Building Woody Joe’s 1/72-scale Kitamaebune Kit – Part 8

More and More Copper Details…

This project stalled a bit while I was adding the copper coverings detail, which I’ve actually been making using brown permanent adhesive vinyl that I laid out and cut using my Silhouette Cameo 3 machine. The slow down is simply due to the amount of small details I’ve been feeling I need to make.

As I’ve written earlier, I reproduced the kit-provided shiny copper pieces with vinyl ones using the Cameo’s feature called PixScan, which allows me to use a specially marked mat on which the parts are placed and to take a photo of the them. This gets imported into the Silhouette Studio software and I am able to recreate the parts from the photo.

Part of the process is automated, but it works much better for larger objects. The small parts in this kit require that I do a lot of editing to sharpen up and straighten up the cut lines.

Woody Joe product image of the completed Kitamaebune kit.

In addition to those parts, I’ve been studying my photos of the Hakusan Maru, the kitamaebune on Sado Island, to figure out what other copper plates I need to make. There are a LOT of copper coverings on these ships, so the project seemed a bit overwhelming. Each part had to be measured on the model, which does not correspond exactly to this particular ship, and drawn in the Silhouette Studio software. Then, the Cameo cutter was set up with a piece of the same brown colored vinyl on a light adhesive cutting mat, loaded up, cut, unloaded, vinyl removed from the mat, mat put away to keep it clean (more like keeping it from getting too dirty). Finally, the pieces are carefully applied to the model.

Stern of the Hakusan Maru on Sado Island showing all the copper plates and the iron work on the rudder.

Bow of the Hakusan Maru on Sado Island showing lots of small copper plates on the real ship.

The problem is primarily that every time I think I’m done, I look at the model closely and the replica ship photos and find something else to add. Then, the whole above process repeats. And, when those parts are applied, I realize there is more I could do. Rinse and repeat, over and over again.

Photo of the model with initial vinyl details added many months ago. Looked pretty good, but a long way from being done.

But, I think I’m finally done with that part of the model details. I applied the last of the vinyl detail I’m going to do and, overall, the detail is looking pretty good. Most importantly, I’m happy with it.

Red arrows show holes that need to be filled and covered with “copper” vinyl. Green arrows show parts that need to be remade. These are too wide and not sticking well, as they were folded over the corners. They need to be separate cut pieces.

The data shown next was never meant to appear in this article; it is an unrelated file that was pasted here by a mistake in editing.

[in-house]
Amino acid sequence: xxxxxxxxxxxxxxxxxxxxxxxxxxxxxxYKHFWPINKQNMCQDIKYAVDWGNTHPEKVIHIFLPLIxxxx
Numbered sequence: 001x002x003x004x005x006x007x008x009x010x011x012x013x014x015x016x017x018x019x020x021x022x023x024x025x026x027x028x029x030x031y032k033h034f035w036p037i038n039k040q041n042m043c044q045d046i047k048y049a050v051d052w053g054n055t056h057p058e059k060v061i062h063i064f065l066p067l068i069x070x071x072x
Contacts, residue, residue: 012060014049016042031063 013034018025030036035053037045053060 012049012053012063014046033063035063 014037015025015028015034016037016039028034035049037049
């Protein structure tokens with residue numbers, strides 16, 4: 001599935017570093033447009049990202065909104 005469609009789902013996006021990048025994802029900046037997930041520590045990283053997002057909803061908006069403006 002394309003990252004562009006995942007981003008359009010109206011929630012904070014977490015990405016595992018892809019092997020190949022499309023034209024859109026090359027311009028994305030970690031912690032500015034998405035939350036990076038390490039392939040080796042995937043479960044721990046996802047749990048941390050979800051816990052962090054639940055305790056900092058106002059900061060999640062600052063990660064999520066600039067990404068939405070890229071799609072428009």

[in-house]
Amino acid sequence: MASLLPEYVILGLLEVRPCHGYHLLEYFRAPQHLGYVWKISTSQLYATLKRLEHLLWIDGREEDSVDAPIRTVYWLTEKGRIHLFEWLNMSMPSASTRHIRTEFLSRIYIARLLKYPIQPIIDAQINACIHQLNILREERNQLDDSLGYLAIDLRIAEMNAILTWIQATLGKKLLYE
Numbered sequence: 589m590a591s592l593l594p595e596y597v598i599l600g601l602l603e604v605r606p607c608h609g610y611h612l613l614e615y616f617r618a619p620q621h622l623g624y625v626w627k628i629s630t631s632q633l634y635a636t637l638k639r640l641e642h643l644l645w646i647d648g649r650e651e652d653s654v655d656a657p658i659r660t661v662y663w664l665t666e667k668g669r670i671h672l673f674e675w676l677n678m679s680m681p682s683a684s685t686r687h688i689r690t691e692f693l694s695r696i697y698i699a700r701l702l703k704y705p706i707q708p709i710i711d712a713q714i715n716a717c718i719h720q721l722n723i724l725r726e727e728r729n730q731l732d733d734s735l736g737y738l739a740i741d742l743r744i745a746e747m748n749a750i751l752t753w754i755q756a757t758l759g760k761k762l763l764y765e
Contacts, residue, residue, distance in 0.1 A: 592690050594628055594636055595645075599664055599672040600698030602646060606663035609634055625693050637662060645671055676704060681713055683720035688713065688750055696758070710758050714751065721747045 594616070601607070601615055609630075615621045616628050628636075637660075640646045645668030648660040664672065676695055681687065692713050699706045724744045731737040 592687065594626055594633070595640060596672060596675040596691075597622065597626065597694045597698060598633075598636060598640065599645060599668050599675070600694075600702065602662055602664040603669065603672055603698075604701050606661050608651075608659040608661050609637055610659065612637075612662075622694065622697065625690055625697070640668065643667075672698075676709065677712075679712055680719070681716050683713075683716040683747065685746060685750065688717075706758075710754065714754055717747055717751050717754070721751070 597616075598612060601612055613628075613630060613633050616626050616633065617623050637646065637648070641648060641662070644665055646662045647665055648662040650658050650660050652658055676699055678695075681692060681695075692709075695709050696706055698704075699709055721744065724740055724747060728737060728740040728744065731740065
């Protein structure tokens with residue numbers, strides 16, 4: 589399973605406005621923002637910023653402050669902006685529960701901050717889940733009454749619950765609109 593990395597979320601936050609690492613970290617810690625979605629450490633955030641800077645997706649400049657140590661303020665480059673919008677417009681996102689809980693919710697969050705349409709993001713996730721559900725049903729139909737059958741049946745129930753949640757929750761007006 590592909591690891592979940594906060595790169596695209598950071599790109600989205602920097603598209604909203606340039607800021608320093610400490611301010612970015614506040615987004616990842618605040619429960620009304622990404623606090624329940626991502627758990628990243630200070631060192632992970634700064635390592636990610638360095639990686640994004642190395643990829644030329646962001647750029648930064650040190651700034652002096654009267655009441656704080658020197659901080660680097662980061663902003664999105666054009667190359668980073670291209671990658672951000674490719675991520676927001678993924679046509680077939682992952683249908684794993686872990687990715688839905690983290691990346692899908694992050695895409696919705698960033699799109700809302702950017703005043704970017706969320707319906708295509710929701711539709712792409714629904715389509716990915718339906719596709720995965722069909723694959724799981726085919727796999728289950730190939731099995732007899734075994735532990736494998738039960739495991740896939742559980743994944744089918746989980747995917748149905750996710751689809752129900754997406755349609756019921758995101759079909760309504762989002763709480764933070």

Red arrows show new plates added. Blue arrows show new post detail.

Green arrows show reproduced parts from the kit. The plates at the stern seem too big, but they cover interlocking tabs in the wooden parts. Red arrows show new vinyl copper plates.

I finally added some vinyl copper plates over a couple seams between parts, marked here with red arrows. The added detail looks right. Blue circle highlights the posts added at end of tiller.

Besides the vinyl detail, I’ve added some small wooden details, like the posts at the ends of the beam at the bow. I don’t recall, or possibly never knew, the Japanese term for these. Mine don’t show any detail. These seem to be usually tapered in a very Japanese fashion, with a sort of ball at the end. Mine are just straight posts.

I also added similar posts near the end of the large tiller. I don’t know what purpose these serve, perhaps as handgrips or tie points for ropes. But, I see these in a lot of the bezaisen drawings, paintings, and model photos.

And, with that, I think the vinyl work is done, though I might later discover that I need to add something I missed. Next, I’ll need to deal with creating additional wooden details to the model. There is still the possibility of adding one or both of the light masts often set up at the bow of the ship. Also, I need some kind of chocks for the tenmasen to sit on, plus tie-downs for it. I’m also looking at adding handles to the various windlasses that I’ve added to the model.

Finally, there are some various small wooden tenons at various locations on the ship that I want to simulate. I made some of these earlier, but had to remove them, as they got in the way of the copper work I needed to add.

After these few details are added, I believe it will be time to work on the mainsail. More on that later.

 

 

 

 

 

 

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